Please consider donating to Behind the Black, by giving either a one-time contribution or a regular subscription, as outlined in the tip jar to the right. Your support will allow me to continue covering science and culture as I have for the past twenty years, independent and free from any outside influence.
Cool image time! The Mars Odyssey science team has released this very interesting image, cropped on the right, of an avalanche debris pile formed when the large section of cliff on the left broke off and collapsed into the valley below. The valley is called Tiu Valles and is located close to Mars’ equator.
The wide spread of the debris is an indication of several things. For one, it illustrates the light Martian gravity, which allowed the debris to flow much farther than it would have on Earth.
For another, the spread of the debris pile suggests to me that the material that fell was very crumbly. It might have been able to hold together as a cliff for a long time, but when it collapsed the material broke apart almost like sand. Think of a sand castle you might have built as a kid on the beach. With a little moisture you can pack the sand to form solid shapes, but if your shape breaks apart the sand falls not as large blocks but as crumbly soft and loose sand. That is what appears to have happened here.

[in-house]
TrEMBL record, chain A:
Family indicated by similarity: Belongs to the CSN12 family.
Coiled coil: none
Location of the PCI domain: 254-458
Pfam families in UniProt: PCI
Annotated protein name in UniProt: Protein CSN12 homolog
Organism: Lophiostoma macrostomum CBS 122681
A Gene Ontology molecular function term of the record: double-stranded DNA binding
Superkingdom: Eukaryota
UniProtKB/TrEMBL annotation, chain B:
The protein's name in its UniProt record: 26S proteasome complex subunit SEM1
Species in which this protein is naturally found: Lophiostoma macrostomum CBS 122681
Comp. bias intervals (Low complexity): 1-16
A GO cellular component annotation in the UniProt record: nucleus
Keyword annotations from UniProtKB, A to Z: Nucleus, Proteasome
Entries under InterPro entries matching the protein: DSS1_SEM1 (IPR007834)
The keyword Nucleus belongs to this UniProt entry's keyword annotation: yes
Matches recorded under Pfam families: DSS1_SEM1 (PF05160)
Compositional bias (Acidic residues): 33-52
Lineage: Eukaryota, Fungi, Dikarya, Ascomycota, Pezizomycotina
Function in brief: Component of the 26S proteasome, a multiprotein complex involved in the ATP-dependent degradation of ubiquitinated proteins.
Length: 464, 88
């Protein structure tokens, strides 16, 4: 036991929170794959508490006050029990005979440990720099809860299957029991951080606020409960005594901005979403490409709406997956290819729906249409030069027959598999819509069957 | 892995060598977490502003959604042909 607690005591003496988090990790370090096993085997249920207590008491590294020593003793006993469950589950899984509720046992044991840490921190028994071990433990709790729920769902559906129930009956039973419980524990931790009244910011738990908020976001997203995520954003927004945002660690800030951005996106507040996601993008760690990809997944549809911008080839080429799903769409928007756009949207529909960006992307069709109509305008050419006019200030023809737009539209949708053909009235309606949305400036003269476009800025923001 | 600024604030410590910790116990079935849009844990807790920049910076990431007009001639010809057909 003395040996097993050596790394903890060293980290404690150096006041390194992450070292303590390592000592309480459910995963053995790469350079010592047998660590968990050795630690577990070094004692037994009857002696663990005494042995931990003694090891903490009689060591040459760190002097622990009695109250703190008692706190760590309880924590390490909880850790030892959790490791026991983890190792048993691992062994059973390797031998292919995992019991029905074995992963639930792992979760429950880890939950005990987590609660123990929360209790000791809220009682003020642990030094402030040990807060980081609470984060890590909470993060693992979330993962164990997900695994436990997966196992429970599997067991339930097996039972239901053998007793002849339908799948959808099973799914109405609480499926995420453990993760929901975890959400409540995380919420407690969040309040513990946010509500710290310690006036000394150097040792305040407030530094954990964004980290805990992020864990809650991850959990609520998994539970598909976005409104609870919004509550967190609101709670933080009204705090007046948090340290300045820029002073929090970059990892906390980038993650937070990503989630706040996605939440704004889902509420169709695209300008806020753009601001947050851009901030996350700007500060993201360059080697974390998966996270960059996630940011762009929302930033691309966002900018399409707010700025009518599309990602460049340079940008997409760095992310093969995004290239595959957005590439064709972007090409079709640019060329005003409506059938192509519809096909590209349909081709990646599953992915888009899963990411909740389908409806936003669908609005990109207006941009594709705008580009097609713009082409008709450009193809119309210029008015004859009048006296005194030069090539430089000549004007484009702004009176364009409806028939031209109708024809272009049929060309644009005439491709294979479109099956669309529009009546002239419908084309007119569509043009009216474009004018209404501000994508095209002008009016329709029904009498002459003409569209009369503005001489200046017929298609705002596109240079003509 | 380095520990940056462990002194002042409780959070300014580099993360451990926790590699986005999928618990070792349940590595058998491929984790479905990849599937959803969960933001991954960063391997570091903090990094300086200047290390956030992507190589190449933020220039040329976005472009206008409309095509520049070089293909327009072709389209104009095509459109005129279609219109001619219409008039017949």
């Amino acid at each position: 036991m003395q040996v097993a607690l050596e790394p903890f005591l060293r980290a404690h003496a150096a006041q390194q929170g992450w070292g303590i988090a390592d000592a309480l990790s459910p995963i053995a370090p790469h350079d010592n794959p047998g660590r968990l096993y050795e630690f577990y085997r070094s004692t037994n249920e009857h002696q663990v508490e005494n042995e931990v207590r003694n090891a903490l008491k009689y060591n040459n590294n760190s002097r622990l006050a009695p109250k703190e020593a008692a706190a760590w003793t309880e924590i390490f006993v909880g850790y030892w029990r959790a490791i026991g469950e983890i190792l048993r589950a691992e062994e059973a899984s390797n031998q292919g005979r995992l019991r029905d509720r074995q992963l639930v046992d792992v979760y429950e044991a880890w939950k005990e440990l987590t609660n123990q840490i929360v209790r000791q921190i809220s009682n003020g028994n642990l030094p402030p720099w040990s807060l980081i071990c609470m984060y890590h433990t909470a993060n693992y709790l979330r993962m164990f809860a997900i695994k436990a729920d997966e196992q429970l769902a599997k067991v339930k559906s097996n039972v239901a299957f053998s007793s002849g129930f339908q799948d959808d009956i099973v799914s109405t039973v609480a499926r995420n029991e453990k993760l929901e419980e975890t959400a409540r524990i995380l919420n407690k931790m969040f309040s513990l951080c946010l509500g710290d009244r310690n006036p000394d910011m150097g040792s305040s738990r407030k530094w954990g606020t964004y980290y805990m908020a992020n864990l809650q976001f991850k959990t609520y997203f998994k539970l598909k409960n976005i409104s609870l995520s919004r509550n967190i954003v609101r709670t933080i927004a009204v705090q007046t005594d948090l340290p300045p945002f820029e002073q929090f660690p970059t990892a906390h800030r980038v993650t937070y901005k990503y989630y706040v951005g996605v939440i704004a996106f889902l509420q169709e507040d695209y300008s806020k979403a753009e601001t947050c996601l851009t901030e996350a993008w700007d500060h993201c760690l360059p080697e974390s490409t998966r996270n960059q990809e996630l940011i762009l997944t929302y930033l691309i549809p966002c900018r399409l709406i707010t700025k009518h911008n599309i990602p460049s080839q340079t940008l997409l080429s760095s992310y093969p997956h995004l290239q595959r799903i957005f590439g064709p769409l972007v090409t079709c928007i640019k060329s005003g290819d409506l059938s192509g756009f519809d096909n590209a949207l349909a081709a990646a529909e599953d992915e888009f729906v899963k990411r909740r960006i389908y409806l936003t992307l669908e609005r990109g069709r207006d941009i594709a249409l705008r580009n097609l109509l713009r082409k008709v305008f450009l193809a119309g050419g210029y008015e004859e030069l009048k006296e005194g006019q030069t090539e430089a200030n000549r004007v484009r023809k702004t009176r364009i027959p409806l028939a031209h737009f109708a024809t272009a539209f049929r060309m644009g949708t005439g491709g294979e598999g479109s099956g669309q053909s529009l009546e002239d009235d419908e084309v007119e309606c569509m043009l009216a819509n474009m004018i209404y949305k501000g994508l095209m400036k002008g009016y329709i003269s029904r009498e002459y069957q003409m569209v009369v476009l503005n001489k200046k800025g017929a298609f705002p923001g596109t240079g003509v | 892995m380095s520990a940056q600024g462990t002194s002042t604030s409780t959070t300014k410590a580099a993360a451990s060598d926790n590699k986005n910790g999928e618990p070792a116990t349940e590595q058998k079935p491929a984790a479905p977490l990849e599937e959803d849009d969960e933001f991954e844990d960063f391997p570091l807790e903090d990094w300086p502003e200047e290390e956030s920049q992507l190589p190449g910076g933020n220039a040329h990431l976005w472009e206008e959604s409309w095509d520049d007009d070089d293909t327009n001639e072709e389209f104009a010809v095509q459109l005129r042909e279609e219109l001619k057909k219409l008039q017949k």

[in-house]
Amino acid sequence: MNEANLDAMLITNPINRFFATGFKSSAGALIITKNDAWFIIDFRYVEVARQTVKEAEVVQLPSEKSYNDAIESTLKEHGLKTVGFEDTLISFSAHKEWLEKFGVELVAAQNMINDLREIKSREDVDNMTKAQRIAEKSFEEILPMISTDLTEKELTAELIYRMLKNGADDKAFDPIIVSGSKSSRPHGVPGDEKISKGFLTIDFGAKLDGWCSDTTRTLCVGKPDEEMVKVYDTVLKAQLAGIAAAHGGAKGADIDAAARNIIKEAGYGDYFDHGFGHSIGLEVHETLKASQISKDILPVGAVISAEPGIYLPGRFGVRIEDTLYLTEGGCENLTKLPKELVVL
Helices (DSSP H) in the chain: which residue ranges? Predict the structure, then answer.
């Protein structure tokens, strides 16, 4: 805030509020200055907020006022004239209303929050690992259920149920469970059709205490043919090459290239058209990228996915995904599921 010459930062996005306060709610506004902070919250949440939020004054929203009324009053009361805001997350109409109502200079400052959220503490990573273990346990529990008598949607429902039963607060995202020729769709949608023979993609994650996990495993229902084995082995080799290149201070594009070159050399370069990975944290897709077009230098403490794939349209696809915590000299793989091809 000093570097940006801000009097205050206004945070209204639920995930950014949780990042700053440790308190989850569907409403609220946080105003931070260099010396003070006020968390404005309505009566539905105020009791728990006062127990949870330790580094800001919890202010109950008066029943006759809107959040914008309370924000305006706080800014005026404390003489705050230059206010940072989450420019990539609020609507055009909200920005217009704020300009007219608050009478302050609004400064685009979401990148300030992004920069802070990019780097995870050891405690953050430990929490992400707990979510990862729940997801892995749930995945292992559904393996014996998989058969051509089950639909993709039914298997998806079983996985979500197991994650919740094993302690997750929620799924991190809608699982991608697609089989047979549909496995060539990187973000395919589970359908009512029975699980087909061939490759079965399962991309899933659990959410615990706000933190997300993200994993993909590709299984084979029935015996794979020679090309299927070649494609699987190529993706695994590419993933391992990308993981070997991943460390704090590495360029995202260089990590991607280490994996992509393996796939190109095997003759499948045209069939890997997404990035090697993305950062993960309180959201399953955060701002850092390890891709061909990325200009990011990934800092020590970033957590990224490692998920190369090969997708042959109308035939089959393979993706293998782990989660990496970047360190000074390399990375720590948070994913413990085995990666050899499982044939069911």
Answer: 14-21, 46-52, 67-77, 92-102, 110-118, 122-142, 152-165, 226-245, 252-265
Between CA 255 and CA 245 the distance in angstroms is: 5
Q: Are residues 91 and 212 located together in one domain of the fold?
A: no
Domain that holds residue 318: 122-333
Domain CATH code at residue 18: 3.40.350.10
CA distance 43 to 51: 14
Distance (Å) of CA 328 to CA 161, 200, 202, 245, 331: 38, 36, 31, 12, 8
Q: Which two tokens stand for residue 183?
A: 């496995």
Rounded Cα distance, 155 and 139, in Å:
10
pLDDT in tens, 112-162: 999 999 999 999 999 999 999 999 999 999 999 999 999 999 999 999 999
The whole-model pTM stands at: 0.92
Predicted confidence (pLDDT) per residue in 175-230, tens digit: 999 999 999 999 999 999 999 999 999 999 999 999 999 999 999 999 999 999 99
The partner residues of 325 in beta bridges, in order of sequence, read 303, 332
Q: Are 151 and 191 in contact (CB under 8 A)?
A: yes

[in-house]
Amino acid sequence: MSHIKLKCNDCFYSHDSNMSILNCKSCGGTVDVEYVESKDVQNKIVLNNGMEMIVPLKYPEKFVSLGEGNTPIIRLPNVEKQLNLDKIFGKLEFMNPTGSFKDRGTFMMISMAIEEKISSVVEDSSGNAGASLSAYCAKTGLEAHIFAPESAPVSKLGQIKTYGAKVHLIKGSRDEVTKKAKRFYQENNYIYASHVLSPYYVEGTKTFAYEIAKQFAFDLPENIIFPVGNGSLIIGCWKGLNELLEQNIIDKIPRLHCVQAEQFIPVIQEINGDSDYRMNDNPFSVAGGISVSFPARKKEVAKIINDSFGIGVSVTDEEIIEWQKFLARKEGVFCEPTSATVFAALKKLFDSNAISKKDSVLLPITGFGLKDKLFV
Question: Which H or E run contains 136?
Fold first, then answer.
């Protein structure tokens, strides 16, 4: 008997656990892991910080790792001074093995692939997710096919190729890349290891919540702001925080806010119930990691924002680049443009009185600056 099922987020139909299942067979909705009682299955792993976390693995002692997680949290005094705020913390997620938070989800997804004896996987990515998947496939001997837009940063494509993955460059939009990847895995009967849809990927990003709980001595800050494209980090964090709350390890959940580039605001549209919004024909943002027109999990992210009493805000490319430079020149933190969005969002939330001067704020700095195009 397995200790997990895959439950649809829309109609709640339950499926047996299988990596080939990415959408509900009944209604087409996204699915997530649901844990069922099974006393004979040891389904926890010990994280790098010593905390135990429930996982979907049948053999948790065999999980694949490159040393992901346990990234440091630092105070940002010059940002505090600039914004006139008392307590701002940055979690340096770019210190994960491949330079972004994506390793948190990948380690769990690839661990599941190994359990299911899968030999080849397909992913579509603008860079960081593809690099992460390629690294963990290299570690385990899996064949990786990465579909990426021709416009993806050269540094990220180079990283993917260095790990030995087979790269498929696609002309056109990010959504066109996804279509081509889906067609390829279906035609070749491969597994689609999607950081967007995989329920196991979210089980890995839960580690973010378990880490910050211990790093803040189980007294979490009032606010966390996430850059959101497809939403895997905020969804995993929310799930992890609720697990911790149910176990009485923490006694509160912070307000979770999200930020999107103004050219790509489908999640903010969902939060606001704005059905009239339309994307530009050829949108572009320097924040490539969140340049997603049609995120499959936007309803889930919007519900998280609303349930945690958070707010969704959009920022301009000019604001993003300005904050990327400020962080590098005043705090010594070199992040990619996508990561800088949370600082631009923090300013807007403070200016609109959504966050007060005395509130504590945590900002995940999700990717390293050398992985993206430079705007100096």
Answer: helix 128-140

There is also the suggestion to me that water might have been involved somehow in this collapse. I am not a geologist so this speculation on my part is very unreliable. However, the shape of the debris pile suggests a liquid flow. The flow itself wasn’t liquid, but liquid might have somehow been involved in causing this geological event. We would need a geologist however to clarify these guesses on my part.